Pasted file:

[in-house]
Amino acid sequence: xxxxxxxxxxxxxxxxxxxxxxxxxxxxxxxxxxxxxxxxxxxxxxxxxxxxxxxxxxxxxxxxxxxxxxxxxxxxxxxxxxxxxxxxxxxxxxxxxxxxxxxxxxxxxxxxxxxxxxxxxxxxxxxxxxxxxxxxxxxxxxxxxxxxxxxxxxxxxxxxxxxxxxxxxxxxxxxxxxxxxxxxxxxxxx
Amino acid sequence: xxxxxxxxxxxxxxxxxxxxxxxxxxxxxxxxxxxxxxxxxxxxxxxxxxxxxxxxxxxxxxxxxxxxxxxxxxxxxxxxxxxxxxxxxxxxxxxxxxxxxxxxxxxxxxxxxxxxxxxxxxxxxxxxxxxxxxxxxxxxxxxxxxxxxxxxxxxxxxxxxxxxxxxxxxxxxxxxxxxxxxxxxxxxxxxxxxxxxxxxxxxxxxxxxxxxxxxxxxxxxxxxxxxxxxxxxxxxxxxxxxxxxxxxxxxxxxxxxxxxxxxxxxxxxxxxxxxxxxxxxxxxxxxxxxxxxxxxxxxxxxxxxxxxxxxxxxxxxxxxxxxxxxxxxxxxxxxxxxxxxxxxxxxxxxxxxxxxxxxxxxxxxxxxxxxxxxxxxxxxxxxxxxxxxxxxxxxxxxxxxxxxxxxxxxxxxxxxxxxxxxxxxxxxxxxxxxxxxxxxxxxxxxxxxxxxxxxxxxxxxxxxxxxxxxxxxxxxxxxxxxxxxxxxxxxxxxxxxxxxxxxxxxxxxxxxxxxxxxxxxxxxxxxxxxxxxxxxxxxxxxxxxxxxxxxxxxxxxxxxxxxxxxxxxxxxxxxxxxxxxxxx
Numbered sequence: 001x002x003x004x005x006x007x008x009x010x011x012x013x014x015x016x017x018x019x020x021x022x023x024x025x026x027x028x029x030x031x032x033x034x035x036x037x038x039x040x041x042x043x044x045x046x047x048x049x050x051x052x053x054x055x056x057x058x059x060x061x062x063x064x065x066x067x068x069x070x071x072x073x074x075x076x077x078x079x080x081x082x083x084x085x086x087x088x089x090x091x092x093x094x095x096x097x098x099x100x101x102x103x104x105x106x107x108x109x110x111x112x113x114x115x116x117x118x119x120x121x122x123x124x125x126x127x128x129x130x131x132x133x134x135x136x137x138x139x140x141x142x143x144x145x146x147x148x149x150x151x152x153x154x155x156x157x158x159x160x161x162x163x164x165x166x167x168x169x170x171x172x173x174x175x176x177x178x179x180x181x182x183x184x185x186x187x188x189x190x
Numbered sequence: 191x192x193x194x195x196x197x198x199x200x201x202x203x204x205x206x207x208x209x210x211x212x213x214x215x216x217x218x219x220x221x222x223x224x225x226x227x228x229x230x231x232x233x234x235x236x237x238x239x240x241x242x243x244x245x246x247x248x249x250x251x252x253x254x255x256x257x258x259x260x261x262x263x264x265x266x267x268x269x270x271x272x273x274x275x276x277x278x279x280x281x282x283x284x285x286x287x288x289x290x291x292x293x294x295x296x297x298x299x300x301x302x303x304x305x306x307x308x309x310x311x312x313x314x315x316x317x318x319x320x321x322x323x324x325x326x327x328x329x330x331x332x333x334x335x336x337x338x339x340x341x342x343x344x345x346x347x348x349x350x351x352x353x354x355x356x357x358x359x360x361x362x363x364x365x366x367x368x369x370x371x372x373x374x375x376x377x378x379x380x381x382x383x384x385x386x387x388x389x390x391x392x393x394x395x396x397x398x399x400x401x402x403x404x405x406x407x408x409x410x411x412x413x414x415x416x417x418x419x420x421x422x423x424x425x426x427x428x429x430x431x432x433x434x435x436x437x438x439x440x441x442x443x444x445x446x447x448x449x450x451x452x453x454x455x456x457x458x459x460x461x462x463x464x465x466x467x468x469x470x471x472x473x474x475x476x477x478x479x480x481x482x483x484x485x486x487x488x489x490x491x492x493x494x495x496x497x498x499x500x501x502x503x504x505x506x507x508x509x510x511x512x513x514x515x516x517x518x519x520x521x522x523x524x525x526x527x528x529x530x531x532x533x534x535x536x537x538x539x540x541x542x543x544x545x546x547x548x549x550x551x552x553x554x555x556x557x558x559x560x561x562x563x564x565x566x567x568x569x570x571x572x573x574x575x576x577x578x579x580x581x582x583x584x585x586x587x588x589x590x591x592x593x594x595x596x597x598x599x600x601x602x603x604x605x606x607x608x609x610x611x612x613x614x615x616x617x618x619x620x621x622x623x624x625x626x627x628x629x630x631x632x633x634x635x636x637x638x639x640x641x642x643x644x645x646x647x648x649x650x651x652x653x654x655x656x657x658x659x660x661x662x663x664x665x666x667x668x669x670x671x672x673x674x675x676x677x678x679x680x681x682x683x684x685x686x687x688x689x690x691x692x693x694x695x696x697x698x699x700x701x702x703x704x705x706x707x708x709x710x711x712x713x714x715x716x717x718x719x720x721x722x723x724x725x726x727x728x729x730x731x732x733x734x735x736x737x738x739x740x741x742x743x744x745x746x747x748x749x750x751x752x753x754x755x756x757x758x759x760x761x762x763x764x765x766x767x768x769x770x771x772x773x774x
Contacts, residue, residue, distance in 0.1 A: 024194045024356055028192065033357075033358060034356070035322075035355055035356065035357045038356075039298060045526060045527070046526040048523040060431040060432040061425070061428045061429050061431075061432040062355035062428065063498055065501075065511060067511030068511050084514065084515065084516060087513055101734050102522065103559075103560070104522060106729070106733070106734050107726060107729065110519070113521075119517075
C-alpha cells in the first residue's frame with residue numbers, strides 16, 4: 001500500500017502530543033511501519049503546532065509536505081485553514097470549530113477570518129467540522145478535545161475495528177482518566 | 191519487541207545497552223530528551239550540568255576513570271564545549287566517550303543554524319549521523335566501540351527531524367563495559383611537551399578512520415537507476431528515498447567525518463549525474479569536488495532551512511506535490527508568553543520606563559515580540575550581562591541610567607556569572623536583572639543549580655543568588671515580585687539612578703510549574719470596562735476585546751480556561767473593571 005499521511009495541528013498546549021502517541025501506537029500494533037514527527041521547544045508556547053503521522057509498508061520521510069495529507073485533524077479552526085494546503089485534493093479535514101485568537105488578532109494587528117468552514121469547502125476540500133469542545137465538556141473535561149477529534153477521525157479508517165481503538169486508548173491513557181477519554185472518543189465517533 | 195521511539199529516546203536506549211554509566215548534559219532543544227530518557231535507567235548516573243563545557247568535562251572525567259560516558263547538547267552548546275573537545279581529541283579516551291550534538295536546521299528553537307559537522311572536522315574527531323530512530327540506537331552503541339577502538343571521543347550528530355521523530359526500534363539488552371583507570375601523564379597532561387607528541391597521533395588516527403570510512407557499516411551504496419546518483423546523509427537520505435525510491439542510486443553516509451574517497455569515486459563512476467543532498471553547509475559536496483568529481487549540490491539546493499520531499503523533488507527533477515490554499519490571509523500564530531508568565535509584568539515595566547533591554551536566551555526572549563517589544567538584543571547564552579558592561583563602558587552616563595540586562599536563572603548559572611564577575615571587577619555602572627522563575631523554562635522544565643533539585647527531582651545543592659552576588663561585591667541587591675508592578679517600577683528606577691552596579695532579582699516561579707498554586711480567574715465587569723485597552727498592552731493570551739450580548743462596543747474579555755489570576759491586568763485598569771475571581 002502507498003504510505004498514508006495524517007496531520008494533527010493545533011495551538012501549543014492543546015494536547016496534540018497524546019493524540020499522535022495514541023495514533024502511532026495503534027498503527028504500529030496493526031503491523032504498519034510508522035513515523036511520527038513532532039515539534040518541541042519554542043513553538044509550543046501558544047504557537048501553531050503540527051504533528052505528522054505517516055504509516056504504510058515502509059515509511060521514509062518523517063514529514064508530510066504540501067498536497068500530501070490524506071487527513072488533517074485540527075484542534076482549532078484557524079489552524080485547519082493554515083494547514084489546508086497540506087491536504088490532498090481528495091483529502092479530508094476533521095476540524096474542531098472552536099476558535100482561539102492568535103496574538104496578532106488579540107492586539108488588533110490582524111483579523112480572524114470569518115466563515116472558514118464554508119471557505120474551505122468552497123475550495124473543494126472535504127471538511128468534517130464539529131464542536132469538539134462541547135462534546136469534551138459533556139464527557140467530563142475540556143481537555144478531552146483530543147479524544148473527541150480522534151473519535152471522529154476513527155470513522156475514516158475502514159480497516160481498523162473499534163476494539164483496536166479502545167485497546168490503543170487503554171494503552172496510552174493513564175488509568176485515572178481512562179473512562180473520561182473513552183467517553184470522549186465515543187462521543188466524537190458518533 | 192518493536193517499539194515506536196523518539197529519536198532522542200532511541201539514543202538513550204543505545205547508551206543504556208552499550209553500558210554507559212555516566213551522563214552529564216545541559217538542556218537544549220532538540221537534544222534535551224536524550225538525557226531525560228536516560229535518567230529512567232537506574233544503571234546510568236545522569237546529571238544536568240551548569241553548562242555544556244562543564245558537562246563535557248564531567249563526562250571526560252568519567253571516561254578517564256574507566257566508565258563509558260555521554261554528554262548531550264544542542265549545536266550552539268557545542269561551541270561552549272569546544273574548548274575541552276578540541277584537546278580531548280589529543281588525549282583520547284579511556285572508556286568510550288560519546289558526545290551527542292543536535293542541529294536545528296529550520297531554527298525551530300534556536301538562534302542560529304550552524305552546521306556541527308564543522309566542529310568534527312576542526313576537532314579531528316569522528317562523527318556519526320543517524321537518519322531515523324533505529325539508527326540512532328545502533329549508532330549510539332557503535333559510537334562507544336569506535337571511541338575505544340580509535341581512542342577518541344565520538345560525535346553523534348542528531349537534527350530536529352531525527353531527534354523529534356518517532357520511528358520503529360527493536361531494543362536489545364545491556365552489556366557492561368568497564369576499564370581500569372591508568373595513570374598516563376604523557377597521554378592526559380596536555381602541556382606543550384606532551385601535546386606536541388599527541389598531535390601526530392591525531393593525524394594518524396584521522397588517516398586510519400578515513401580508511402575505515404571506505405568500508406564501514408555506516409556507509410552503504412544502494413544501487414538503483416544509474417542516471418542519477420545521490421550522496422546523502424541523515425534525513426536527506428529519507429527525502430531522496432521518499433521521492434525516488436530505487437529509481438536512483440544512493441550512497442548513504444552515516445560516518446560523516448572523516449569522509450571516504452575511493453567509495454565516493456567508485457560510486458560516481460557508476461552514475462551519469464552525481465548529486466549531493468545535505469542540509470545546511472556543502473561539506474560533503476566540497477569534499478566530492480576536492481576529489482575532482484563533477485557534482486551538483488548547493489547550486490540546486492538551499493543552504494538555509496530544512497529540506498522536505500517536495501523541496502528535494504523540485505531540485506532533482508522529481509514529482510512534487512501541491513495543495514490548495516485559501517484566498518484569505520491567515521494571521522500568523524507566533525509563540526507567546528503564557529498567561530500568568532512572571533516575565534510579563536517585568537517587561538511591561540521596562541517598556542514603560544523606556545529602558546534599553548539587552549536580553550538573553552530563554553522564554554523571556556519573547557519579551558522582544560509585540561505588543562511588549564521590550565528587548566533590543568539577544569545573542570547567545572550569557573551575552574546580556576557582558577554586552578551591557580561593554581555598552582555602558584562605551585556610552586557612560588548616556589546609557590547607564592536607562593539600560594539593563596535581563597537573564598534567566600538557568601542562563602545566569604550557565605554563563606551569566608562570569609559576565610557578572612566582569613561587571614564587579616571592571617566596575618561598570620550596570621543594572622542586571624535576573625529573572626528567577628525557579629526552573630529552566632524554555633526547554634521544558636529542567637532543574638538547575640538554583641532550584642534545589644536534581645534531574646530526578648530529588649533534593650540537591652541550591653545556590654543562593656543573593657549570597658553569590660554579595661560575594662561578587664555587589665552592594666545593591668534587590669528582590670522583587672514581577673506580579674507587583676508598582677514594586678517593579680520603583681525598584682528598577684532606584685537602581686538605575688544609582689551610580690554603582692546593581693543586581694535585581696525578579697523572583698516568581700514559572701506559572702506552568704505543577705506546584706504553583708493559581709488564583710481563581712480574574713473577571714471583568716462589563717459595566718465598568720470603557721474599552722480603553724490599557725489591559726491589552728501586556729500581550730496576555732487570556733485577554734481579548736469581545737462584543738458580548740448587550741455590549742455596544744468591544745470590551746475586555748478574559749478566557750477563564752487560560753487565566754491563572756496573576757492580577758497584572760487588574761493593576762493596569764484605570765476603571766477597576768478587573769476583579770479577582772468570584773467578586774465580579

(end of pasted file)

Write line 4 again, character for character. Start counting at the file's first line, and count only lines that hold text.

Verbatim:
Numbered sequence: 001x002x003x004x005x006x007x008x009x010x011x012x013x014x015x016x017x018x019x020x021x022x023x024x025x026x027x028x029x030x031x032x033x034x035x036x037x038x039x040x041x042x043x044x045x046x047x048x049x050x051x052x053x054x055x056x057x058x059x060x061x062x063x064x065x066x067x068x069x070x071x072x073x074x075x076x077x078x079x080x081x082x083x084x085x086x087x088x089x090x091x092x093x094x095x096x097x098x099x100x101x102x103x104x105x106x107x108x109x110x111x112x113x114x115x116x117x118x119x120x121x122x123x124x125x126x127x128x129x130x131x132x133x134x135x136x137x138x139x140x141x142x143x144x145x146x147x148x149x150x151x152x153x154x155x156x157x158x159x160x161x162x163x164x165x166x167x168x169x170x171x172x173x174x175x176x177x178x179x180x181x182x183x184x185x186x187x188x189x190x